This present famine of biblical preaching is light years removed from the theologically steeped expositions of previous generations and can only be explained by a vanishing confidence in the power of Scripture itself. The crisis now confronting Bible-believing, churches, organizations and institutions, whether they realize it or not, is this matter of the ability of Scripture to accomplish God’s intended work. Continue reading

Is “Scripture Alone” Real To You And Your Church?

scripute-aloneBy J.A. Medders, Pastor of Redeemer Church, Tomball, TX

The Solas have to be more to us than historical landmarks, relics from the Reformation. Scripture Alone has an undeniable effect on our lives and the culture, eco-system, and vibe of our churches.

To really live Sola Scriptura is to believe and grasp the sufficiency of Scripture. The Bible is sufficient, powerful, for all of your life in Christ. You don’t need John Piper’s podcast. You don’t lack anything if you can’t buy the Christian “Book of the Year.” These are all helpful and wonderful things, but if you have God’s word, you have the food you need. And this word leads us toward living with God, how to live for God, how to walk in the power of Christ.

In a way, Scripture Alone sets us free.

Scripture Alone Frees Us From The Tyranny of Human Opinion

In the Reformation, the people were weighed down and held captive to the words of men, Popes, Priests, and the Catholic Church ruled over the people.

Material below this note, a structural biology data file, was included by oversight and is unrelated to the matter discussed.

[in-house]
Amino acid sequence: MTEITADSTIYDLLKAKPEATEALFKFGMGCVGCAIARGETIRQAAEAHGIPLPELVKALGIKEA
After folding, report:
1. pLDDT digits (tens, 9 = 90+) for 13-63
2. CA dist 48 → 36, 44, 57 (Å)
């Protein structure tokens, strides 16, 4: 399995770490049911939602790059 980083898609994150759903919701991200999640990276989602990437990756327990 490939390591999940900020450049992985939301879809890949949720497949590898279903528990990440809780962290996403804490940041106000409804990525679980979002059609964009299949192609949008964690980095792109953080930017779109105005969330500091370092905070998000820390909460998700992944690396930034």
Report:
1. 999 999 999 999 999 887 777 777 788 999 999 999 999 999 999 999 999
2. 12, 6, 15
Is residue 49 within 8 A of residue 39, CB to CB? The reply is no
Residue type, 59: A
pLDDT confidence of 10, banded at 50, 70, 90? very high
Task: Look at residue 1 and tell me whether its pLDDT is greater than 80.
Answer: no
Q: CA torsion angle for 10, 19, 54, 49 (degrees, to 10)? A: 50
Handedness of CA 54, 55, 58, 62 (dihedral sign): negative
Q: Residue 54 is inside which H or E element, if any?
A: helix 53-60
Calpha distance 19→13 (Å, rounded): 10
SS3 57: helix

When Luther was put on trial by the Church, and told to take back everything he said. He refused. He said, “My conscience is captive to the Word of God.”

Knowing the Bible sets you free from the tyrannical scepter of human opinion. “The Truth shall set you free.” This doesn’t mean we shouldn’t listen to the biblical counsel and wisdom and Christian friends. Of course, we should; the Bible instructs us too.

Sola Scriptura means the Bible is the ultimately authoritative word in our lives because it is the word of God. No priest, Pope, professor, pastor, or person in our church can pull rank of the revealed word of God.

When a church is living Sola Scriptura, we hear more, “The Bible says…”, and less, “I think…”.

Pastors and Sola Scriptura

As a pastor, I am not anyone’s ultimate authority. Pastors are one authority. We don’t believe in Solo Scriptura, meaning that we only listen to Scripture and nothing else. That goes against the very testimony of Scripture. Pastors are only one authority in the Christians life, even other Christians are another authority in our lives, but it is the Bible, that has the ultimate and final say. If I step outside the Bible, I’ve lost my authority. In speaking with another Christian, if you contradict the Bible, go against what God has said, you are outside of your jurisdiction. Continue reading

Quotes on Scripture

preaching-e1464051966448“Let the man who would hear God speak read Holy Scripture.” – Martin Luther

“If private revelations agree with Scripture, and if they disagree they are false.” – John Owen

“The Bible is the sceptre by which the heavenly King rules his church.” – John Calvin

“It has always been the great minds exercising their powers apart from the Word of God who have produced the great heresies. Some think they can discover God by listening to a so-called ‘inner voice.’ But the voice is often nothing more than an expression of their own inner desires. Quite a few think that spiritual truths can be verified by supernatural events or miracles. But the Bible everywhere teaches that even miracles will not lead men and women to understand and receive God’s truth unless they themselves are illuminated by the Bible (see Luke 16:31).” – James Montgomery Boice

“God speaks through the Scriptures. He speaks with the Word, through the Word, and never against the Word.” – R. C. Sproul